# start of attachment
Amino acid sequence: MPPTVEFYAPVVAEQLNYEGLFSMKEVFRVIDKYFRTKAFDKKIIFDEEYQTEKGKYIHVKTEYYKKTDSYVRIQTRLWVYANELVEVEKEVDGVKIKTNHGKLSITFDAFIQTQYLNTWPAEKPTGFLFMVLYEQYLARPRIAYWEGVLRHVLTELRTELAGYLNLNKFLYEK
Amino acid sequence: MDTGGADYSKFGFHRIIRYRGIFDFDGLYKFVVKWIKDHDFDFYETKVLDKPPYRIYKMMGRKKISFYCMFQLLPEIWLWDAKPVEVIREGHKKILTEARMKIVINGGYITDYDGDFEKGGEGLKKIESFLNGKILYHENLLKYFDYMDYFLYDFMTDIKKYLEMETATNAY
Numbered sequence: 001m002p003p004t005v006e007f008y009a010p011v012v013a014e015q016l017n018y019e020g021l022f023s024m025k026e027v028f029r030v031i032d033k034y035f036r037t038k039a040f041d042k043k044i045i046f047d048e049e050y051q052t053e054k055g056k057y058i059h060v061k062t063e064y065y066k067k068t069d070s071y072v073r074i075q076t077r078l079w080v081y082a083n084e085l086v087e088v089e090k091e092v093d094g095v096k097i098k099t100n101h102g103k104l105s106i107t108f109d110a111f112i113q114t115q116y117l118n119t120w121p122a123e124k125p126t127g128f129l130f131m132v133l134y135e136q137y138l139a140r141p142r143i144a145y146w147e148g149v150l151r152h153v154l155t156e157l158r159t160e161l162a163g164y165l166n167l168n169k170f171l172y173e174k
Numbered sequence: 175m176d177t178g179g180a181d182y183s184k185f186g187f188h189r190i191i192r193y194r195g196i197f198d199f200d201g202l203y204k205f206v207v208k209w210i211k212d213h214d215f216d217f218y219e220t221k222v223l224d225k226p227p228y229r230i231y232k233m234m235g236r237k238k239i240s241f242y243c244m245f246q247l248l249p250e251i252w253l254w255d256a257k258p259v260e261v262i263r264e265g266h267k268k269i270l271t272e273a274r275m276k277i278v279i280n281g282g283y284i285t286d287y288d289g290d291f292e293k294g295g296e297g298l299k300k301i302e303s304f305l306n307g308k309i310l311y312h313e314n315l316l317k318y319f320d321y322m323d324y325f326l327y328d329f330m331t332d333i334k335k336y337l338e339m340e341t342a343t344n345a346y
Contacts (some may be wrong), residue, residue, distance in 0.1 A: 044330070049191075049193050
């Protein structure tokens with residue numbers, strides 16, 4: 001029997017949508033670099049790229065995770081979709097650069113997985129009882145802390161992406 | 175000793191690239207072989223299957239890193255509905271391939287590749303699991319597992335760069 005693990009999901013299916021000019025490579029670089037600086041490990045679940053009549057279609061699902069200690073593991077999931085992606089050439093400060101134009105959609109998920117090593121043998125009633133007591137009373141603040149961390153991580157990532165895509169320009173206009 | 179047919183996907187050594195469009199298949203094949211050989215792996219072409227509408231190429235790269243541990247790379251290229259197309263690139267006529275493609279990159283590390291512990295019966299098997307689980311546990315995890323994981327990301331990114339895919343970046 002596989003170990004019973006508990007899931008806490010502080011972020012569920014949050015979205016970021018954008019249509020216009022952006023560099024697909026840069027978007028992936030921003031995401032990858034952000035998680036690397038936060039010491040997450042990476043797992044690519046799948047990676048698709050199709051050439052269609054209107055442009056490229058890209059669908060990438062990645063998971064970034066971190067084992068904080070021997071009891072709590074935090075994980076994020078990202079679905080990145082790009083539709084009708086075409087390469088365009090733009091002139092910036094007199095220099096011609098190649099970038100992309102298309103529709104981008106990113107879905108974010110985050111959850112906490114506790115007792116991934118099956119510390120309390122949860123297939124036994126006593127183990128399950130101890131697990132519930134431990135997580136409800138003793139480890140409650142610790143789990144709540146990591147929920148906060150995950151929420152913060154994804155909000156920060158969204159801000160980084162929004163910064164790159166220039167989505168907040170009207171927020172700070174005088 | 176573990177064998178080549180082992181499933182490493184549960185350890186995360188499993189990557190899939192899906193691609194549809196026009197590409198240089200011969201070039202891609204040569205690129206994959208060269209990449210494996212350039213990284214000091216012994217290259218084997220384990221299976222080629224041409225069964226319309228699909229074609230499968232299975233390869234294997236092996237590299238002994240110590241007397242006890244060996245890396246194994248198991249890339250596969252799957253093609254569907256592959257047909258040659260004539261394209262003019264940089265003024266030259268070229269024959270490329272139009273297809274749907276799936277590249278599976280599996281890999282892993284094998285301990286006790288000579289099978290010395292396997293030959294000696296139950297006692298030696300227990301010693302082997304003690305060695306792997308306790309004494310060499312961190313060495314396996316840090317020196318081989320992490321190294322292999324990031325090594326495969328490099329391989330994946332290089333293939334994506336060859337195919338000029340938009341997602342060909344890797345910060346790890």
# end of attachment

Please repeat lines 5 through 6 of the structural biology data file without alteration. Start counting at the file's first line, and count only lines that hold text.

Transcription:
Contacts (some may be wrong), residue, residue, distance in 0.1 A: 044330070049191075049193050
């Protein structure tokens with residue numbers, strides 16, 4: 001029997017949508033670099049790229065995770081979709097650069113997985129009882145802390161992406 | 175000793191690239207072989223299957239890193255509905271391939287590749303699991319597992335760069 005693990009999901013299916021000019025490579029670089037600086041490990045679940053009549057279609061699902069200690073593991077999931085992606089050439093400060101134009105959609109998920117090593121043998125009633133007591137009373141603040149961390153991580157990532165895509169320009173206009 | 179047919183996907187050594195469009199298949203094949211050989215792996219072409227509408231190429235790269243541990247790379251290229259197309263690139267006529275493609279990159283590390291512990295019966299098997307689980311546990315995890323994981327990301331990114339895919343970046 002596989003170990004019973006508990007899931008806490010502080011972020012569920014949050015979205016970021018954008019249509020216009022952006023560099024697909026840069027978007028992936030921003031995401032990858034952000035998680036690397038936060039010491040997450042990476043797992044690519046799948047990676048698709050199709051050439052269609054209107055442009056490229058890209059669908060990438062990645063998971064970034066971190067084992068904080070021997071009891072709590074935090075994980076994020078990202079679905080990145082790009083539709084009708086075409087390469088365009090733009091002139092910036094007199095220099096011609098190649099970038100992309102298309103529709104981008106990113107879905108974010110985050111959850112906490114506790115007792116991934118099956119510390120309390122949860123297939124036994126006593127183990128399950130101890131697990132519930134431990135997580136409800138003793139480890140409650142610790143789990144709540146990591147929920148906060150995950151929420152913060154994804155909000156920060158969204159801000160980084162929004163910064164790159166220039167989505168907040170009207171927020172700070174005088 | 176573990177064998178080549180082992181499933182490493184549960185350890186995360188499993189990557190899939192899906193691609194549809196026009197590409198240089200011969201070039202891609204040569205690129206994959208060269209990449210494996212350039213990284214000091216012994217290259218084997220384990221299976222080629224041409225069964226319309228699909229074609230499968232299975233390869234294997236092996237590299238002994240110590241007397242006890244060996245890396246194994248198991249890339250596969252799957253093609254569907256592959257047909258040659260004539261394209262003019264940089265003024266030259268070229269024959270490329272139009273297809274749907276799936277590249278599976280599996281890999282892993284094998285301990286006790288000579289099978290010395292396997293030959294000696296139950297006692298030696300227990301010693302082997304003690305060695306792997308306790309004494310060499312961190313060495314396996316840090317020196318081989320992490321190294322292999324990031325090594326495969328490099329391989330994946332290089333293939334994506336060859337195919338000029340938009341997602342060909344890797345910060346790890």